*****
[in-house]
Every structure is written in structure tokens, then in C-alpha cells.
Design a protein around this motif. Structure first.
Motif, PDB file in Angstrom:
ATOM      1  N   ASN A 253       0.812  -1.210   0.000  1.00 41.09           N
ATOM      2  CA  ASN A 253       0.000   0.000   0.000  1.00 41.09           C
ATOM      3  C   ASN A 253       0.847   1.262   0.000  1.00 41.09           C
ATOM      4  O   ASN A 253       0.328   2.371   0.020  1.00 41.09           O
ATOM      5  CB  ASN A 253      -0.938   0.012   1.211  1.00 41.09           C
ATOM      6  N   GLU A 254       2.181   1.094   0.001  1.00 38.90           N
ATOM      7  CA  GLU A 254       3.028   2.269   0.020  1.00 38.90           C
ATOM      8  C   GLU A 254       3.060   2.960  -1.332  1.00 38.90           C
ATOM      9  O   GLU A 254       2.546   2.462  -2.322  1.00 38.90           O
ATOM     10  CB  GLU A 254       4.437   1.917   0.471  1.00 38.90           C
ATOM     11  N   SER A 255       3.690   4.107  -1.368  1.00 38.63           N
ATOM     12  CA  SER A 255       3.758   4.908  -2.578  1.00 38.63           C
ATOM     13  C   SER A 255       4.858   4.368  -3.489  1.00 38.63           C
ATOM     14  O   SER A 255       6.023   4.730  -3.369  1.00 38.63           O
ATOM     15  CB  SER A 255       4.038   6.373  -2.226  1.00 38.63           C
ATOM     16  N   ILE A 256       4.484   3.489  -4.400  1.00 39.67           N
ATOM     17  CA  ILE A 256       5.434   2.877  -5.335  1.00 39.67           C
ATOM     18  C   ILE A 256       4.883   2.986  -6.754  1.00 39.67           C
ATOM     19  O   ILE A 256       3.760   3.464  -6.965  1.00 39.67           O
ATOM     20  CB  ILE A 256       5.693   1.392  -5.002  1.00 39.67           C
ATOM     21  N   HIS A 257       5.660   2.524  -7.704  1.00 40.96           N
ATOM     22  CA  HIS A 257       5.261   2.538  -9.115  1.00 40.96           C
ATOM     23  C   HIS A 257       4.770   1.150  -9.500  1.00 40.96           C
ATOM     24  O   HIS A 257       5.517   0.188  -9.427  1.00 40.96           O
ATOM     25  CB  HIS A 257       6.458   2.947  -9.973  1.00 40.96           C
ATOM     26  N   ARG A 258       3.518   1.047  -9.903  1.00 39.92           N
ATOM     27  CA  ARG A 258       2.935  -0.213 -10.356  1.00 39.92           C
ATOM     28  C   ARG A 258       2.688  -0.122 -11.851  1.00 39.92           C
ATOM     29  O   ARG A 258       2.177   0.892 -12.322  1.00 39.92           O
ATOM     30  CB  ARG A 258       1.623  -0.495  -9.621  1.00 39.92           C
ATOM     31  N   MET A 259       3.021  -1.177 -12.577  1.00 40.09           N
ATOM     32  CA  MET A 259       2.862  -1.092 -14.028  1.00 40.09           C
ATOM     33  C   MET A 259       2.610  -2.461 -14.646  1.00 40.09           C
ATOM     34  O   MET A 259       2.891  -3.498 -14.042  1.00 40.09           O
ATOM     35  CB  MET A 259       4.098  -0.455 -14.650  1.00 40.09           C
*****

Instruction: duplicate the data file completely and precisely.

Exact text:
[in-house]
Every structure is written in structure tokens, then in C-alpha cells.
Design a protein around this motif. Structure first.
Motif, PDB file in Angstrom:
ATOM      1  N   ASN A 253       0.812  -1.210   0.000  1.00 41.09           N
ATOM      2  CA  ASN A 253       0.000   0.000   0.000  1.00 41.09           C
ATOM      3  C   ASN A 253       0.847   1.262   0.000  1.00 41.09           C
ATOM      4  O   ASN A 253       0.328   2.371   0.020  1.00 41.09           O
ATOM      5  CB  ASN A 253      -0.938   0.012   1.211  1.00 41.09           C
ATOM      6  N   GLU A 254       2.181   1.094   0.001  1.00 38.90           N
ATOM      7  CA  GLU A 254       3.028   2.269   0.020  1.00 38.90           C
ATOM      8  C   GLU A 254       3.060   2.960  -1.332  1.00 38.90           C
ATOM      9  O   GLU A 254       2.546   2.462  -2.322  1.00 38.90           O
ATOM     10  CB  GLU A 254       4.437   1.917   0.471  1.00 38.90           C
ATOM     11  N   SER A 255       3.690   4.107  -1.368  1.00 38.63           N
ATOM     12  CA  SER A 255       3.758   4.908  -2.578  1.00 38.63           C
ATOM     13  C   SER A 255       4.858   4.368  -3.489  1.00 38.63           C
ATOM     14  O   SER A 255       6.023   4.730  -3.369  1.00 38.63           O
ATOM     15  CB  SER A 255       4.038   6.373  -2.226  1.00 38.63           C
ATOM     16  N   ILE A 256       4.484   3.489  -4.400  1.00 39.67           N
ATOM     17  CA  ILE A 256       5.434   2.877  -5.335  1.00 39.67           C
ATOM     18  C   ILE A 256       4.883   2.986  -6.754  1.00 39.67           C
ATOM     19  O   ILE A 256       3.760   3.464  -6.965  1.00 39.67           O
ATOM     20  CB  ILE A 256       5.693   1.392  -5.002  1.00 39.67           C
ATOM     21  N   HIS A 257       5.660   2.524  -7.704  1.00 40.96           N
ATOM     22  CA  HIS A 257       5.261   2.538  -9.115  1.00 40.96           C
ATOM     23  C   HIS A 257       4.770   1.150  -9.500  1.00 40.96           C
ATOM     24  O   HIS A 257       5.517   0.188  -9.427  1.00 40.96           O
ATOM     25  CB  HIS A 257       6.458   2.947  -9.973  1.00 40.96           C
ATOM     26  N   ARG A 258       3.518   1.047  -9.903  1.00 39.92           N
ATOM     27  CA  ARG A 258       2.935  -0.213 -10.356  1.00 39.92           C
ATOM     28  C   ARG A 258       2.688  -0.122 -11.851  1.00 39.92           C
ATOM     29  O   ARG A 258       2.177   0.892 -12.322  1.00 39.92           O
ATOM     30  CB  ARG A 258       1.623  -0.495  -9.621  1.00 39.92           C
ATOM     31  N   MET A 259       3.021  -1.177 -12.577  1.00 40.09           N
ATOM     32  CA  MET A 259       2.862  -1.092 -14.028  1.00 40.09           C
ATOM     33  C   MET A 259       2.610  -2.461 -14.646  1.00 40.09           C
ATOM     34  O   MET A 259       2.891  -3.498 -14.042  1.00 40.09           O
ATOM     35  CB  MET A 259       4.098  -0.455 -14.650  1.00 40.09           C